Acute kidney injury (AKI) increases the risk of morbidity and mortality after major surgery and transplantation. We investigated the effect of PKC-ε deficiency on AKI and ischemic allograft damage after kidney transplantation. PKC-ε-deficient and wild type (WT) control mice were subjected to 35 min of renal pedicle clamping to induce AKI. PKC-ε deficiency was associated with a marked improvement in survival and an attenuated loss of kidney function. Furthermore, functional MRI experiments revealed better renal perfusion in PKC-ε-deficient mice than in WT mice one day after IRI. Acute tubular necrosis and neutrophil infiltration were markedly reduced in PKC-ε-deficient mice. To determine whether this resistance to ischemia-reperfusion injury resulted from changes in local renal cells or infiltrating leukocytes, we studied a life-supporting renal transplant model of ischemic graft injury. We transplanted kidneys from H(2b) PKC-ε-deficient mice (129/SV) and their corresponding WT littermates into major histocompatibility complex-incompatible H(2d) recipients (BALB/c) and induced ischemic graft injury by prolonged cold ischemia time. Recipients of WT allografts developed severe renal failure and died within 10 days of transplantation. Recipients of PKC-ε-deficient allografts had better renal function and survival; they had less generation of ROS and upregulation of proinflammatory proteins (i.e., ICAM-1, inducible nitric oxide synthase, and TNF-α) and showed less tubular epithelial cell apoptosis and inflammation in their allografts. These data suggest that local renal PKC-ε expression mediates proapoptotic and proinflammatory signaling and that an inhibitor of PKC-ε signaling could be used to prevent hypoxia-induced AKI.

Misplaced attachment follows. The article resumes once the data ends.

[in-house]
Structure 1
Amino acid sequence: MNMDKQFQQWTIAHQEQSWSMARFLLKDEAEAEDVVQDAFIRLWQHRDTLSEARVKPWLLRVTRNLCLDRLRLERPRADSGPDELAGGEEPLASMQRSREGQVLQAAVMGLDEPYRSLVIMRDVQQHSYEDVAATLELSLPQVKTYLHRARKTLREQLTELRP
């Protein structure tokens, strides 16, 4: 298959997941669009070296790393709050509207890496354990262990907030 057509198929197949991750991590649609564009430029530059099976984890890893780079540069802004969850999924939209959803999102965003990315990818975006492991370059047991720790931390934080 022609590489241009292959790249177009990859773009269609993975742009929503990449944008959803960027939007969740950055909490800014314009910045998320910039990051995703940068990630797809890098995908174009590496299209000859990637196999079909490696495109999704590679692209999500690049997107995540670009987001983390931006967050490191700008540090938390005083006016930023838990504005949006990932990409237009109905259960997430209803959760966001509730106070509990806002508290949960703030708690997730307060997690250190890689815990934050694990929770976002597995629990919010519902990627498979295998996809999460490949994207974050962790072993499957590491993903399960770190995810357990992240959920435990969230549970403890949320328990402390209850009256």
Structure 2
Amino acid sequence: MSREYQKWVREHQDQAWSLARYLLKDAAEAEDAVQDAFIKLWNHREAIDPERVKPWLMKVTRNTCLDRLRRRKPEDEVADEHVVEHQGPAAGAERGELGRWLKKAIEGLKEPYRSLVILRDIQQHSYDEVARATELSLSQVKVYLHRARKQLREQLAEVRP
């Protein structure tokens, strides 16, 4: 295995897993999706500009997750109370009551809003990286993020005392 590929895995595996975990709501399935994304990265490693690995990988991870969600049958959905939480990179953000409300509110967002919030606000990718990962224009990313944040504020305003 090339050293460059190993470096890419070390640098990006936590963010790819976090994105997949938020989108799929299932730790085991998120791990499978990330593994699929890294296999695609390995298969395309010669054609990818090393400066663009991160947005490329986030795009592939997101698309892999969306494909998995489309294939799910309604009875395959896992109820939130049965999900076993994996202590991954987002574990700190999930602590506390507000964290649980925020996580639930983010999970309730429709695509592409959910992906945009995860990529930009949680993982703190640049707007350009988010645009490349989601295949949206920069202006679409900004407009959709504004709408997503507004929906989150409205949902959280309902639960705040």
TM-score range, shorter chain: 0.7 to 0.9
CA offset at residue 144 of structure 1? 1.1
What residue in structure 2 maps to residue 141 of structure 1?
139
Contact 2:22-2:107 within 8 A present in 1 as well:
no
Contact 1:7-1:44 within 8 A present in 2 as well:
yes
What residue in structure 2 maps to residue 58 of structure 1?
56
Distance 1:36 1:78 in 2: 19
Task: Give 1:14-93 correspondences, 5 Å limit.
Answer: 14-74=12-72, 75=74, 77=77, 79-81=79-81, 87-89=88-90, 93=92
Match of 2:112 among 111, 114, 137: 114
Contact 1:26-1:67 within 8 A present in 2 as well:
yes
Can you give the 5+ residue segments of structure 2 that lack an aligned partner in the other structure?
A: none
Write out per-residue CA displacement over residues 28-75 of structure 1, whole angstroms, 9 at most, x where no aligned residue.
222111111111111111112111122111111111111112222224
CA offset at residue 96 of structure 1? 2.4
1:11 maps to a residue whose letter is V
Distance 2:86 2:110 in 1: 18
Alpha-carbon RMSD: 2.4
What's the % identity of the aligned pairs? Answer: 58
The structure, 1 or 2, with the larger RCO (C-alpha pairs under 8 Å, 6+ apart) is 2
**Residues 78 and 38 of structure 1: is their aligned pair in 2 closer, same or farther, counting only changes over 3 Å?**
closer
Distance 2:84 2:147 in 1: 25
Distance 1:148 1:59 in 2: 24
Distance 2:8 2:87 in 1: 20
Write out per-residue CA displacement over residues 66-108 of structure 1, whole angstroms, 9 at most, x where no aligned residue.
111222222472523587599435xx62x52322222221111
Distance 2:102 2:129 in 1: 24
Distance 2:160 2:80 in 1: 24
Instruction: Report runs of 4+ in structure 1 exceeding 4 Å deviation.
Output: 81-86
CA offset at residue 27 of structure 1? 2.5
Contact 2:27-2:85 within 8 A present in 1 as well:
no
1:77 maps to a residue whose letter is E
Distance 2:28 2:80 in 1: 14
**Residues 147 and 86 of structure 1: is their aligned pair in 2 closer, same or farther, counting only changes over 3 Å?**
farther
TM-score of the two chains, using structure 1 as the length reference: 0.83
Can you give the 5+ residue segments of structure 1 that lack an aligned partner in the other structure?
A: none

Keywords: allograft rejection; functional magnetic resonance imaging; inflammation; ischemia-reperfusion injury; protein kinase C-ε; transplantation; tumor necrosis factor-α.
Copyright © 2014 the American Physiological Society.